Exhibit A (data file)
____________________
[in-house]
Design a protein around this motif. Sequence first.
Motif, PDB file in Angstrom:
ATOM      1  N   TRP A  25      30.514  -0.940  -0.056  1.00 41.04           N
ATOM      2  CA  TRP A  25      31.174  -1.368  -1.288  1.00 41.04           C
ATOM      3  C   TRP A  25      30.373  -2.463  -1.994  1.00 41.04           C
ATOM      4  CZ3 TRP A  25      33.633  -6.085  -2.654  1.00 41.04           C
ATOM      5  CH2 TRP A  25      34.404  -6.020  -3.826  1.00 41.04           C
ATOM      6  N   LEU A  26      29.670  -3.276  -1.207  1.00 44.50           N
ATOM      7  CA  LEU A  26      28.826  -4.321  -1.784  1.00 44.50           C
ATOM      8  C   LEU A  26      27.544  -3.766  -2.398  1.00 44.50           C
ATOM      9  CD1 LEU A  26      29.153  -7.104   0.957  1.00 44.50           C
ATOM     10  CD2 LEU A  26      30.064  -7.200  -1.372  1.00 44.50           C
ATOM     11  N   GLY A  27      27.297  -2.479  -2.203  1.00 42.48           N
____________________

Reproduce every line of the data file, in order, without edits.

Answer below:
[in-house]
Design a protein around this motif. Sequence first.
Motif, PDB file in Angstrom:
ATOM      1  N   TRP A  25      30.514  -0.940  -0.056  1.00 41.04           N
ATOM      2  CA  TRP A  25      31.174  -1.368  -1.288  1.00 41.04           C
ATOM      3  C   TRP A  25      30.373  -2.463  -1.994  1.00 41.04           C
ATOM      4  CZ3 TRP A  25      33.633  -6.085  -2.654  1.00 41.04           C
ATOM      5  CH2 TRP A  25      34.404  -6.020  -3.826  1.00 41.04           C
ATOM      6  N   LEU A  26      29.670  -3.276  -1.207  1.00 44.50           N
ATOM      7  CA  LEU A  26      28.826  -4.321  -1.784  1.00 44.50           C
ATOM      8  C   LEU A  26      27.544  -3.766  -2.398  1.00 44.50           C
ATOM      9  CD1 LEU A  26      29.153  -7.104   0.957  1.00 44.50           C
ATOM     10  CD2 LEU A  26      30.064  -7.200  -1.372  1.00 44.50           C
ATOM     11  N   GLY A  27      27.297  -2.479  -2.203  1.00 42.48           N